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Binaural Mixing of Popular Music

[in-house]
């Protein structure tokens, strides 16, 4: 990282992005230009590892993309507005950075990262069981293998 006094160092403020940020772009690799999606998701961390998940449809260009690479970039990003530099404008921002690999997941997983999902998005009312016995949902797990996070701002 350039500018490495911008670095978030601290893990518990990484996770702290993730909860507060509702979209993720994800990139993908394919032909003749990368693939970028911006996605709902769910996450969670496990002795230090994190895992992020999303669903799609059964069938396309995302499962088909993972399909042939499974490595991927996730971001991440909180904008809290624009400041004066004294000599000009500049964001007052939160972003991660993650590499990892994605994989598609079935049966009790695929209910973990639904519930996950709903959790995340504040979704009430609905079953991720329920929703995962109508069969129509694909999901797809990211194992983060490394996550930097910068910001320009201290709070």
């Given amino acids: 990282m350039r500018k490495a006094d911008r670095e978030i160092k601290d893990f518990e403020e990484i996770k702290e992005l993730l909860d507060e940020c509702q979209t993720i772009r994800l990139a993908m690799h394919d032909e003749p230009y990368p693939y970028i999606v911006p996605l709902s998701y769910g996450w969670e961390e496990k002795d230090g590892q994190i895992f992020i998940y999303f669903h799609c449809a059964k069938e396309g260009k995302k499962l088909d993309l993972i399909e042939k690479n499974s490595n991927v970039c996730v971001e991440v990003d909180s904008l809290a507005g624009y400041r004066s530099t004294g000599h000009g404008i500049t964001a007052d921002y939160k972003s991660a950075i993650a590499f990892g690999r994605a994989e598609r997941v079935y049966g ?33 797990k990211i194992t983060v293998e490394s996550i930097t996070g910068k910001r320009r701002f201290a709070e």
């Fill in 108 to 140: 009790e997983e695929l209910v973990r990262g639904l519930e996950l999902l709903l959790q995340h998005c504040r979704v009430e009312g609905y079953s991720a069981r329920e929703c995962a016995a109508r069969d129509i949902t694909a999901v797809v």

In this engineering brief, we present an initial experiment that was conducted to gain insights into what kinds of sound sources would benefit from binaural rendering for typical electronic dance music (EDM), pop and rock tracks. Original multi-tracks for three different songs (EDM, Pop, Rock) were divided into four elements: drums, bass, guitar/synth and vocals/lead. Eight different mixes of these elements were created in 3rd-order Ambisonics using the RoomEncoder and BinauralDecoder of the IEM Plugin Suite, with different combinations of binauralised and non-binauralised (i.e., stereo) elements within the mixes, ranging from a full stereo mix to a full binaural mix. A multiple comparison listening test was conducted online, with 21 subjects participating. Their task was to rate the eight mixes in terms of overall immersive experience as well as perceived spatial and timbral qualities. Results showed that mixes with non-binauralised drums were commonly rated higher than mixes with binauralised drums for all three attributes. The full binaural mixes were rated lowest in general, whereas the mixes closest to a full stereo mix tended to be rated highest for Pop and Rock, but less so for EDM. These results suggest that (i) simply panning all sources in binaural would not necessarily lead to a more immersive experience compared to a traditional stereo mix, (ii) a spatial contrast between binauralised and non-binauralised sources might help improve immersiveness (e.g., drums in stereo and guitars widely panned in binaural), and (iii) optimal binaural mixing techniques would tend to depend on the genre of music.

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